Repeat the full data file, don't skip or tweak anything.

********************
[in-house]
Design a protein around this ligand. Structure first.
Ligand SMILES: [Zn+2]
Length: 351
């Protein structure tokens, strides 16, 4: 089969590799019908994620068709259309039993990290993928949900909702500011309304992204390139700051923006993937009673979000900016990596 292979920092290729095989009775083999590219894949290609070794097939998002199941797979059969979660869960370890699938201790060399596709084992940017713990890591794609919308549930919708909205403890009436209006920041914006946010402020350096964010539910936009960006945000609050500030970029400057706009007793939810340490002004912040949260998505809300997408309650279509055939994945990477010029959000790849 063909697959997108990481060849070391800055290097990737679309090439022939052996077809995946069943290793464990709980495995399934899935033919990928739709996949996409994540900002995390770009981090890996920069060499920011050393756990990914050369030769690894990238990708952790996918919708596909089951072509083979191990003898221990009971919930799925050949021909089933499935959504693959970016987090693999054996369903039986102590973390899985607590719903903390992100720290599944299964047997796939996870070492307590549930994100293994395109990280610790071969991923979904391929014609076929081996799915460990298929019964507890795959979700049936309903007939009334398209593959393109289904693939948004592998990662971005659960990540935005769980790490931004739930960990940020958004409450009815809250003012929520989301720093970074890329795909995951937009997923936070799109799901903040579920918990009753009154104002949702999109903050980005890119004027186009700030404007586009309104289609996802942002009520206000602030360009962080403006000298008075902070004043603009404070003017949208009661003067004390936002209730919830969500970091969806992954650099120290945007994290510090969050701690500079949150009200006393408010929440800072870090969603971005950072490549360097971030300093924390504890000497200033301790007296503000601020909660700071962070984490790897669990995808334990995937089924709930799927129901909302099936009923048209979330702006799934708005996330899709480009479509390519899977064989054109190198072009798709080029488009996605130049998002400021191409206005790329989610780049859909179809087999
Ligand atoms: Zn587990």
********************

[in-house]
Design a protein around this ligand. Structure first.
Ligand SMILES: [Zn+2]
Length: 351
């Protein structure tokens, strides 16, 4: 089969590799019908994620068709259309039993990290993928949900909702500011309304992204390139700051923006993937009673979000900016990596 292979920092290729095989009775083999590219894949290609070794097939998002199941797979059969979660869960370890699938201790060399596709084992940017713990890591794609919308549930919708909205403890009436209006920041914006946010402020350096964010539910936009960006945000609050500030970029400057706009007793939810340490002004912040949260998505809300997408309650279509055939994945990477010029959000790849 063909697959997108990481060849070391800055290097990737679309090439022939052996077809995946069943290793464990709980495995399934899935033919990928739709996949996409994540900002995390770009981090890996920069060499920011050393756990990914050369030769690894990238990708952790996918919708596909089951072509083979191990003898221990009971919930799925050949021909089933499935959504693959970016987090693999054996369903039986102590973390899985607590719903903390992100720290599944299964047997796939996870070492307590549930994100293994395109990280610790071969991923979904391929014609076929081996799915460990298929019964507890795959979700049936309903007939009334398209593959393109289904693939948004592998990662971005659960990540935005769980790490931004739930960990940020958004409450009815809250003012929520989301720093970074890329795909995951937009997923936070799109799901903040579920918990009753009154104002949702999109903050980005890119004027186009700030404007586009309104289609996802942002009520206000602030360009962080403006000298008075902070004043603009404070003017949208009661003067004390936002209730919830969500970091969806992954650099120290945007994290510090969050701690500079949150009200006393408010929440800072870090969603971005950072490549360097971030300093924390504890000497200033301790007296503000601020909660700071962070984490790897669990995808334990995937089924709930799927129901909302099936009923048209979330702006799934708005996330899709480009479509390519899977064989054109190198072009798709080029488009996605130049998002400021191409206005790329989610780049859909179809087999
Ligand atoms: Zn587990």